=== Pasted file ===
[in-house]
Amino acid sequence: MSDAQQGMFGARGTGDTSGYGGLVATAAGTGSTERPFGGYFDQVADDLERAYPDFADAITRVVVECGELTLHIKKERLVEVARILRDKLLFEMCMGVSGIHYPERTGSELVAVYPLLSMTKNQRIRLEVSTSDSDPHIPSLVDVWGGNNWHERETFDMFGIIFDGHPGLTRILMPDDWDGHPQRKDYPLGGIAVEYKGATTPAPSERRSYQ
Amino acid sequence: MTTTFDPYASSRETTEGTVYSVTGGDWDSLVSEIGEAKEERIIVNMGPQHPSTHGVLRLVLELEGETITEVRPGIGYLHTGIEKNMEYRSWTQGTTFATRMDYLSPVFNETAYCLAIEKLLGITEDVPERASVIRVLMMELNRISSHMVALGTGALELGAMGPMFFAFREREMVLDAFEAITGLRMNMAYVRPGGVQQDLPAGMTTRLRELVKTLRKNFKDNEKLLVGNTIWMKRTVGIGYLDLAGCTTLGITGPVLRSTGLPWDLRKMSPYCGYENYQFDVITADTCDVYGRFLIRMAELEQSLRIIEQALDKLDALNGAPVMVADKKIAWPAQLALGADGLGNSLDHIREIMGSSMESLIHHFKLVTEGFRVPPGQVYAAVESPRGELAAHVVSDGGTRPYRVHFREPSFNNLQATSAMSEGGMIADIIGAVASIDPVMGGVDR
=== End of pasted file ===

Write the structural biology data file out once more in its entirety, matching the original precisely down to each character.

[in-house]
Amino acid sequence: MSDAQQGMFGARGTGDTSGYGGLVATAAGTGSTERPFGGYFDQVADDLERAYPDFADAITRVVVECGELTLHIKKERLVEVARILRDKLLFEMCMGVSGIHYPERTGSELVAVYPLLSMTKNQRIRLEVSTSDSDPHIPSLVDVWGGNNWHERETFDMFGIIFDGHPGLTRILMPDDWDGHPQRKDYPLGGIAVEYKGATTPAPSERRSYQ
Amino acid sequence: MTTTFDPYASSRETTEGTVYSVTGGDWDSLVSEIGEAKEERIIVNMGPQHPSTHGVLRLVLELEGETITEVRPGIGYLHTGIEKNMEYRSWTQGTTFATRMDYLSPVFNETAYCLAIEKLLGITEDVPERASVIRVLMMELNRISSHMVALGTGALELGAMGPMFFAFREREMVLDAFEAITGLRMNMAYVRPGGVQQDLPAGMTTRLRELVKTLRKNFKDNEKLLVGNTIWMKRTVGIGYLDLAGCTTLGITGPVLRSTGLPWDLRKMSPYCGYENYQFDVITADTCDVYGRFLIRMAELEQSLRIIEQALDKLDALNGAPVMVADKKIAWPAQLALGADGLGNSLDHIREIMGSSMESLIHHFKLVTEGFRVPPGQVYAAVESPRGELAAHVVSDGGTRPYRVHFREPSFNNLQATSAMSEGGMIADIIGAVASIDPVMGGVDR